17 March 2020

How ethical can an investor be?

KiwiSaver default funds are about to go exclusive.

Or at least that’s what Climate Change Minister and Green Party co-leader, James Shaw, claimed when announcing the new set of rules for KiwiSaver default schemes late in February.

“No New Zealander should have to worry about whether their retirement savings are causing the climate crisis,” Shaw said in a statement. “That’s why our Government is moving default KiwiSaver funds away from fossil fuels, putting people and the planet first.”

The real news, of course, is more subtle than Shaw’s grand statement suggests.

Under the government proposal, all KiwiSaver default funds, which manage the retirement savings of New Zealanders yet to make an active investment choice, will have to exclude “investments in fossil fuels and illegal weapons”.

“While default fund providers have in recent years divested any investments in companies involved in illegal weapons like cluster munitions and anti-personnel landmines, the changes now enshrine that requirement in default fund settings,” the government announcement says.

The rush to remove ‘illegal weapons’ - as defined in NZ legislation – from all KiwiSaver schemes followed the 2016 public uproar over potential exposure to cluster munitions manufacturers in retirement savings and other investment products.

But while cutting controversial weapons did require a few structural product changes for some providers, the process was relatively simple: the portfolio ‘clean up’ involved dumping the stocks and bonds of, at most, about a dozen companies.

The fossil fuel investment universe is a little larger – and open to interpretation.

To date, the government has not provided any detail on how fossil fuel investments will be defined for KiwiSaver default funds, other than a broad reference to the NZ Superannuation Fund (NZS) methodology.

Commerce Minister Kris Faafoi said at the time: “In 2017, the $47 billion NZ Superannuation Fund adopted a climate change investment strategy that resulted in it removing more than $3 billion worth of stocks that exceed thresholds for either emissions intensity or fossil fuel reserves, without negatively affecting performance.”

The NZS, however, continues to own dozens of oil and gas companies across the world, not to mention transportation, agribusiness and other heavy fossil fuel-using firms. According to the latest NZS list of stocks in the fund, all the big-name oil firms like BP, Chevron and even the controversial Russian company, Gazprom, remain in the NZ government-owned investment portfolio.

Climate Change Minister and Green Party co-leader, James Shaw.

Climate Change Minister and Green Party co-leader, James Shaw.

For some, the NZS fossil fuel ‘line in the sand’ likely does not go far enough. Clearly, though, scrubbing portfolios of fossil fuel exposure is as difficult as draining oil from the real-world economy.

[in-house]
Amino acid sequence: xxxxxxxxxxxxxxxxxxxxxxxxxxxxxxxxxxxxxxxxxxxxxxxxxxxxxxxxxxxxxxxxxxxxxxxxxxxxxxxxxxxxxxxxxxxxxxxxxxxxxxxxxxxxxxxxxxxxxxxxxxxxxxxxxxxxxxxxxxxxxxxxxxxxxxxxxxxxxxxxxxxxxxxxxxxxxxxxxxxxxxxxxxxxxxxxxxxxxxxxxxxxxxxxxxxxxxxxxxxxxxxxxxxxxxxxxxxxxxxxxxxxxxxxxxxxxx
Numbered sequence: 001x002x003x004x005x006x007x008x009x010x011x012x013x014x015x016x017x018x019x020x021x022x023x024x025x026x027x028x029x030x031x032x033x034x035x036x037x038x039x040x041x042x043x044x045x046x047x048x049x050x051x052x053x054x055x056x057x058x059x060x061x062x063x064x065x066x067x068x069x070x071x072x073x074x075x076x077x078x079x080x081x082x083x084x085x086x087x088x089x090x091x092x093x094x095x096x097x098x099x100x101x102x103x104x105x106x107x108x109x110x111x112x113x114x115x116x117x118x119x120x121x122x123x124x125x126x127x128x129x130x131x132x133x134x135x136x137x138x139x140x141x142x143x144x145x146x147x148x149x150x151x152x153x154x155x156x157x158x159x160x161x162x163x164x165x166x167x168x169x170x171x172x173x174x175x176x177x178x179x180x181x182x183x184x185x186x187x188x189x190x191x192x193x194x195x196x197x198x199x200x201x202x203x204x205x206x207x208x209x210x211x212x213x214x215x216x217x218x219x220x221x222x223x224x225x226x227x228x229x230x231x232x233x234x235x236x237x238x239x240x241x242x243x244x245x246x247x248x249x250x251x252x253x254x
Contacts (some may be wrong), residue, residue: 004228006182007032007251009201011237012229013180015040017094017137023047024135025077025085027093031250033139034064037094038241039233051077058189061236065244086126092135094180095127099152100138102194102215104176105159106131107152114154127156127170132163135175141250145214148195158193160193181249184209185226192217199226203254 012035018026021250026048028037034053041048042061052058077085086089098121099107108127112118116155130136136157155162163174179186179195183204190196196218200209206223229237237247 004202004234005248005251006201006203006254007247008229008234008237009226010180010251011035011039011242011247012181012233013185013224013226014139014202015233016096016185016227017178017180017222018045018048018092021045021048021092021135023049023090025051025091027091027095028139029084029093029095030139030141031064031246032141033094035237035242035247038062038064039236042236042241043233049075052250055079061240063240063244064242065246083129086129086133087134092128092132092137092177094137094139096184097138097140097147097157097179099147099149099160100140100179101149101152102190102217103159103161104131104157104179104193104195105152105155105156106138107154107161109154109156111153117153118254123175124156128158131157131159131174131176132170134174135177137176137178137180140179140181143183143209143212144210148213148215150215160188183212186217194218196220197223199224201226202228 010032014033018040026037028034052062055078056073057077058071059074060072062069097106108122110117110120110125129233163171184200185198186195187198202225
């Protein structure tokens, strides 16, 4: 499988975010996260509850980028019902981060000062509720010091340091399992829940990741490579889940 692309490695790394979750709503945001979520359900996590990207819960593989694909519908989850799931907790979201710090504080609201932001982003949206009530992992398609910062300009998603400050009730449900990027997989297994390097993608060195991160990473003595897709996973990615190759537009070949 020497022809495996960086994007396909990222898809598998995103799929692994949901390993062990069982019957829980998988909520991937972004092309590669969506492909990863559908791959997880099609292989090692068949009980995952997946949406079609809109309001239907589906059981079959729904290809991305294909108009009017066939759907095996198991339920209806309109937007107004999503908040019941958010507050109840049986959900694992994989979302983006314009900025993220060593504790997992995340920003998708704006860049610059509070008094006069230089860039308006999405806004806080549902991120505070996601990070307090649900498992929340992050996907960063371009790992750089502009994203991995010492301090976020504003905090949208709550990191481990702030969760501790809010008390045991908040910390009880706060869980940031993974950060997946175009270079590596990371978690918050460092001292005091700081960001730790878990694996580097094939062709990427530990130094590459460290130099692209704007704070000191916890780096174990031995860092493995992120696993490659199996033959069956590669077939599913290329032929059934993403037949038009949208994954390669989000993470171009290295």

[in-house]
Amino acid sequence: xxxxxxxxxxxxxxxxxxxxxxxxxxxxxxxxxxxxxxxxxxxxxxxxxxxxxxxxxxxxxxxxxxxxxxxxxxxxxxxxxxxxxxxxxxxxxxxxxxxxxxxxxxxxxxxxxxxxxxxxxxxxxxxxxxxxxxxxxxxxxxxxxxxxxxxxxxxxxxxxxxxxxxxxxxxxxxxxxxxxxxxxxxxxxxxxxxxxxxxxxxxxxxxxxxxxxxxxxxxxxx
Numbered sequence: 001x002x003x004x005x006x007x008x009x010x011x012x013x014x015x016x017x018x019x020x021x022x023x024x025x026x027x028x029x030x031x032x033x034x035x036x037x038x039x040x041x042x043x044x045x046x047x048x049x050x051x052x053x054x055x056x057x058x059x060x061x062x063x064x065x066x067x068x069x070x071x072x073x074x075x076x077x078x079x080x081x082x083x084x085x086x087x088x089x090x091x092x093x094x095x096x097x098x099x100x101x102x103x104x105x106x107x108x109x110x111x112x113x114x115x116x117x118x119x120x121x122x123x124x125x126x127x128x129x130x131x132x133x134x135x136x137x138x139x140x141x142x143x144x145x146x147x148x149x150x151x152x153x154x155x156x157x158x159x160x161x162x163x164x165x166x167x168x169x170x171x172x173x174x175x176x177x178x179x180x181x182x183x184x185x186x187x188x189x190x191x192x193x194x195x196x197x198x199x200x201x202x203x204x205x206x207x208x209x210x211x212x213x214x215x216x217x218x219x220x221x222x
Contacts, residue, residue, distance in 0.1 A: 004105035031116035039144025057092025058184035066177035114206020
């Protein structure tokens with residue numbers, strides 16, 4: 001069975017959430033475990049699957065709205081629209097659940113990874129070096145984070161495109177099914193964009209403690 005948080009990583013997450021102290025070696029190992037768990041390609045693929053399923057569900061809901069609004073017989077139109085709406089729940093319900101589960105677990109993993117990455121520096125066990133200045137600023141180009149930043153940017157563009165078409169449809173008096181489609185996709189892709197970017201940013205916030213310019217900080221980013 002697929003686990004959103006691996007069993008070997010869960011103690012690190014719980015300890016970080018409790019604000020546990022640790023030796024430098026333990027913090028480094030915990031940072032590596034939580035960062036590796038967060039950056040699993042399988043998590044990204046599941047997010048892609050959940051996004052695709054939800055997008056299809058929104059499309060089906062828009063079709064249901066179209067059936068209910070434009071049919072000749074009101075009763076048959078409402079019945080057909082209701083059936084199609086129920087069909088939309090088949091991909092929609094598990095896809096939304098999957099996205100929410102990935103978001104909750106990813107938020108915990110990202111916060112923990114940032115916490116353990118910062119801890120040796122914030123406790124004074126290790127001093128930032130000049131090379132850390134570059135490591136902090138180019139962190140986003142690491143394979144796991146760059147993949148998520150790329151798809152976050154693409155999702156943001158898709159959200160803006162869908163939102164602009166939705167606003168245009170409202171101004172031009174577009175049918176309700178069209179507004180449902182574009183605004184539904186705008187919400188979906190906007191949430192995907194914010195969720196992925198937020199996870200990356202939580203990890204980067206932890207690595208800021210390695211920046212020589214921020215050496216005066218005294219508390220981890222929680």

That hasn’t stopped the calls from some quarters for investors to drop all fossil fuel investments immediately or the flood of funds featuring ‘green’ labels.

In response to the growing number of investment products bearing names such as ethical, responsible, sustainable or green, the Financial Markets Authority (FMA) last year opened up consultation to better-define the space. As well as trying to impose consistency on labeling, the FMA hopes to prevent ‘greenwashing’ – or businesses using ‘ethical’ as a sales technique rather than a substantial investment process.

In a release last September, Nick Kynoch, FMA general counsel, said: “... in an area like this, with a lack of consistent, agreed-upon definitions, we are keen to benchmark what good conduct and good disclosure look like, to ensure issuers focus on meeting investor needs.”

The FMA may establish clear ‘green’ marketing guidelines but, ultimately, consumers will need to understand both their own ‘ethics’ and how they translate to their investments.

Given the definition of ‘ethical’ is generally an individual matter, it’s impossible for a fund manager to exactly match the morals of all underlying investors.

Nevertheless, investment managers can work within broadly-agreed legal and ethical boundaries. For example, the Lifetime Income Fund holds about 35 per cent of its investments in two Vanguard funds, covering global shares and bonds, that screen out certain sectors.

The Vanguard International Shares Select Exclusions Index Fund cuts out tobacco, controversial weapons, and nuclear weapon stocks while the Vanguard Ethically Conscious Global Aggregate Bond Index Fund further “excludes issuers with evidence of owning fossil fuel reserves regardless of their industries”.

Lifetime also keeps a close eye on the rest of its underlying portfolio, which includes Harbour Asset Management, ANZ and Milliman as managers, to monitor exposure to sectors on the ‘ethical’ radar.

We know, for instance, that about 3.4 per cent of our investments lie in the global energy sector. As the data improves, fund managers will develop new ways to invest both exclude harmful companies and identify positive growth firms without sacrificing returns.

And Lifetime will continue to monitor the global investing environment, looking for funds that best align with our exclusive goals to generate income for retirees.

Photo of David Chaplin
Written by:

David Chaplin

David is a reputed financial services journalist with over 15 years’ experience covering the investment, superannuation and advice industries in both Australia and New Zealand.